Nonetheless, he recovered and a couple weeks later he figured out the number of seconds in a year. It took awhile and a little guidance from his dad, but he did it, and he did it in his head.

So he does it all in his head, and he can explain his process to you later, though you might not understand. I seldom do. (However, if you happen to want to multiply 97 x 97, I recommend his method, which I do understand. Multiply 97 x 100 and subtract 97 x 3 from that.)

Recently, he referred to a computer in his head. Last night we talked about that. I asked if the computer was his whole brain or only a part of it?

Ben: Well, if the whole solar system were in my head, and the sun was in the middle, the computer would be about where Mars is. (He indicated a place behind the “sun,” which was in the middle of his head, and, yes, he is also absorbed with the universe as big and quarks as little. It’s all quantitative scale.)

Me: Does it move?

Ben, with a puzzled look like how could I be so dumb: Noooo, of course not.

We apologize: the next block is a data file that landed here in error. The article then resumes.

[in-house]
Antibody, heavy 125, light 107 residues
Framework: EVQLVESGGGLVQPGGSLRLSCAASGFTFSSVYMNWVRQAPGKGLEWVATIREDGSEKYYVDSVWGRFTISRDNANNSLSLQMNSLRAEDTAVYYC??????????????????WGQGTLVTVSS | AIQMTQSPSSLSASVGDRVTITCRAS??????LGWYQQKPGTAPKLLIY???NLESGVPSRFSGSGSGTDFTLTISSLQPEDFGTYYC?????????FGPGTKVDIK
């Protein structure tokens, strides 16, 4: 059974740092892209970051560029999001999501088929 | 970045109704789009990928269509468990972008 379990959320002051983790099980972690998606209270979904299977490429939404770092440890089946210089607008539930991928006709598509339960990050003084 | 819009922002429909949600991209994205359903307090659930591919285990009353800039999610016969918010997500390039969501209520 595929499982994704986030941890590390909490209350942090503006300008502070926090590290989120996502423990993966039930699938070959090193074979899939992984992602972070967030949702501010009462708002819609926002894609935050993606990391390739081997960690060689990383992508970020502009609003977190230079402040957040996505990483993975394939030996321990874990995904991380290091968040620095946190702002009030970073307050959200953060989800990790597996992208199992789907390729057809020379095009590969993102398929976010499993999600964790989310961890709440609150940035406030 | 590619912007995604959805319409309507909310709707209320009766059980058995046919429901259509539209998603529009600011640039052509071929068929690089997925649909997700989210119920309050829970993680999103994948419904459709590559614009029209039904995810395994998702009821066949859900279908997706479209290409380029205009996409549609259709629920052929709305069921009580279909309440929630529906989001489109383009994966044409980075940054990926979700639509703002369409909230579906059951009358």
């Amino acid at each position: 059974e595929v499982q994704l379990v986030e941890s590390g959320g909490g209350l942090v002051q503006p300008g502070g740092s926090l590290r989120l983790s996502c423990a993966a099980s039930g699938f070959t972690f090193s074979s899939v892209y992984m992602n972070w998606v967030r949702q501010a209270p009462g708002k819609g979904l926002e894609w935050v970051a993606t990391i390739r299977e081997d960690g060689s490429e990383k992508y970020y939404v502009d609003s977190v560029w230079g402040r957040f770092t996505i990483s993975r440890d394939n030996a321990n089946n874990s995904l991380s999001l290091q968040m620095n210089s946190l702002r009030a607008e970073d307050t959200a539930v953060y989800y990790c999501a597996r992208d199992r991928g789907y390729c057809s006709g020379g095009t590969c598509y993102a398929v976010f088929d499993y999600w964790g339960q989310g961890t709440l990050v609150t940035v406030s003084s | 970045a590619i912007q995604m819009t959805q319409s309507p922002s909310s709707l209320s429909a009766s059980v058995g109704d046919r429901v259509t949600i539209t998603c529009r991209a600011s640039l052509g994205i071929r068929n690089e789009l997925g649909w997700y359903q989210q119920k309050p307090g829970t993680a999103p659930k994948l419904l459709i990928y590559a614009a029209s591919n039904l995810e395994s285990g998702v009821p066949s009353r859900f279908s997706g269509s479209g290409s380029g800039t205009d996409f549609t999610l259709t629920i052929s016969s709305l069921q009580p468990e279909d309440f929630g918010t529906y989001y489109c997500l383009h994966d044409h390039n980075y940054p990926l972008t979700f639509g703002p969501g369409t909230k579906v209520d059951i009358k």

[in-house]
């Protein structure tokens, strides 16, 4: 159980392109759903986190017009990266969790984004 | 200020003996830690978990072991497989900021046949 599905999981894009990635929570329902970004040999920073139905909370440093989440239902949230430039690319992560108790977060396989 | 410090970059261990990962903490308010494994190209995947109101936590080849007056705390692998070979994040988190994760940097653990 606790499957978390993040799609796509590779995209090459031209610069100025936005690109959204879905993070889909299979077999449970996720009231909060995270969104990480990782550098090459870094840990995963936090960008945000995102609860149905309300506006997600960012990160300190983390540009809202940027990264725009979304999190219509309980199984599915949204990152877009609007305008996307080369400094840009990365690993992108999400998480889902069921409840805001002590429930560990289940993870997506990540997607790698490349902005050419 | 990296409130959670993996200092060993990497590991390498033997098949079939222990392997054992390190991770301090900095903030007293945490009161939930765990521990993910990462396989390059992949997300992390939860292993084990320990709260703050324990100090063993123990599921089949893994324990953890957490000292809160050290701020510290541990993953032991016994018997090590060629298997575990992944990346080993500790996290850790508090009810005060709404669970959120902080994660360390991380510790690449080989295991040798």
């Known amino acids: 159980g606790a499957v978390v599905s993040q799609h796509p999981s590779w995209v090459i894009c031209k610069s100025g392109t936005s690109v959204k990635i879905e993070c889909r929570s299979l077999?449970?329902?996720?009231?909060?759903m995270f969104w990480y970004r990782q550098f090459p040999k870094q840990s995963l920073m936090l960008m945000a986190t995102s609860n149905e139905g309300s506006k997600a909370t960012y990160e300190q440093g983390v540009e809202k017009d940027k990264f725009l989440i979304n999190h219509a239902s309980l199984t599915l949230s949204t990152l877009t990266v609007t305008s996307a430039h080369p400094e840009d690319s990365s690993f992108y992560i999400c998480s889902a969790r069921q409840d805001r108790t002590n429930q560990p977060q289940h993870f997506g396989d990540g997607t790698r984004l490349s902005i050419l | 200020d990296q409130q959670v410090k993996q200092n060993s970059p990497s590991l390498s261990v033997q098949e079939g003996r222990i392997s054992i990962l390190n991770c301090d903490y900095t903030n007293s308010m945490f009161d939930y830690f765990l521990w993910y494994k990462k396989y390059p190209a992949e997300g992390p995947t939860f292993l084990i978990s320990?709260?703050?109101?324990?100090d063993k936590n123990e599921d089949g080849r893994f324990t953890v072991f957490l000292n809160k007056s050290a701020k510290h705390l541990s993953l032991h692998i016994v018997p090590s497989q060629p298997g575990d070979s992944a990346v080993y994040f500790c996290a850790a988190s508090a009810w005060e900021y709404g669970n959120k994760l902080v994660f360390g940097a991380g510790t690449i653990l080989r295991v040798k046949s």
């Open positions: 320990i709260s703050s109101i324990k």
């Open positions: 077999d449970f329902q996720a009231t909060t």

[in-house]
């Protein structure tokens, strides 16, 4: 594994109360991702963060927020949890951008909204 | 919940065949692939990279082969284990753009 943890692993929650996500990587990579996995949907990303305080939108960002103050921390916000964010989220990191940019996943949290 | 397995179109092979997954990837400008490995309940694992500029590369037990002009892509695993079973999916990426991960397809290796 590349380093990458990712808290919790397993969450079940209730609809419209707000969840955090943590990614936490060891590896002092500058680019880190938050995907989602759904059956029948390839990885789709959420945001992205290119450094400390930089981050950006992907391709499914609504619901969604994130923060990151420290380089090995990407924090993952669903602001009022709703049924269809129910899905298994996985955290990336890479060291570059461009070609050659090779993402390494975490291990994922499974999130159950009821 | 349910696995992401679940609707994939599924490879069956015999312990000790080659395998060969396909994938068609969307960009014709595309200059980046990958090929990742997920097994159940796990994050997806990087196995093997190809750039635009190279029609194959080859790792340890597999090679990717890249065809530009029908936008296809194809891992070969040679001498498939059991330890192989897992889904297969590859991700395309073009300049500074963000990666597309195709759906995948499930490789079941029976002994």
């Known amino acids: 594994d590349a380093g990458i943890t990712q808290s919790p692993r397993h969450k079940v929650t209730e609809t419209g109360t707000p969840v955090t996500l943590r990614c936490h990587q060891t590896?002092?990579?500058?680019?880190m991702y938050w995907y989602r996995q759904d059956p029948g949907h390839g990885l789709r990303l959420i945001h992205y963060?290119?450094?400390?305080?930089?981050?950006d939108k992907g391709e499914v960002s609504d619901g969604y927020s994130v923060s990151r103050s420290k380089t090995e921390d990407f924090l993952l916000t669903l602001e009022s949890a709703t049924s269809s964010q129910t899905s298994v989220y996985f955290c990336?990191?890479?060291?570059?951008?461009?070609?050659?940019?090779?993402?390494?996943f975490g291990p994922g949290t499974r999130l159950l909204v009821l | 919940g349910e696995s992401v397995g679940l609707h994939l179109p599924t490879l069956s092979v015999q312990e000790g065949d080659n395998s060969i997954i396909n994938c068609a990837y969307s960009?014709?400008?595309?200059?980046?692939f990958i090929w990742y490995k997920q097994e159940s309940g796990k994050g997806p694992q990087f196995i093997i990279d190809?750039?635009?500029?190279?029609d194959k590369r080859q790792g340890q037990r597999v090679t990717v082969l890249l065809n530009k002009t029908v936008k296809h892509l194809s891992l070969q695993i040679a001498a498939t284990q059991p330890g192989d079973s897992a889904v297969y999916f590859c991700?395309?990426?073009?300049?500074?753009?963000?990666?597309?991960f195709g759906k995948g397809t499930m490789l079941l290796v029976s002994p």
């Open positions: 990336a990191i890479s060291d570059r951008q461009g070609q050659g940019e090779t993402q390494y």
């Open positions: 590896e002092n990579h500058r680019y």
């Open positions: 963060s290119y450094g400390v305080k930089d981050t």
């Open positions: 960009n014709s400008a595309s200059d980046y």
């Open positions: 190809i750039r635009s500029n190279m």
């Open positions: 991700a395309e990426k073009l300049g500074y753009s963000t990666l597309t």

Me: So that is where the things you know are?

Ben: Sorta.

Me: Is that where your imagination is?

Ben, with a look that I was even more uninformed about brains than he realized: No!

Me: So where is your imagination?

Ben, short thoughtful pause: It’s like a big bubble . . . (tracing a large circle in front of himself that includes his head and body.) . . . and it’s filled with words floating everywhere and there’s a sentence in it, and then that sentence disappears and suddenly there’s a new sentence in it. (His face lit up when he said “new sentence” like it was a gift written in light.)

Me: The sentence is like a new idea?

Ben: Yes.

photo 2And with that he got on his little sister’s mini-scooter and rode from the dining room to the kitchen while his aunt and I looked at each other in amazement until we heard the crash and wail of the scooter against the cabinet and the boy against the floor. Ice packs on his back, kisses from his aunt, and some tears in gramma’s arms. He really is only six, which is a small number after all.

More “Ben-isms” on Facebook at whatbenwonders, posted by his mom.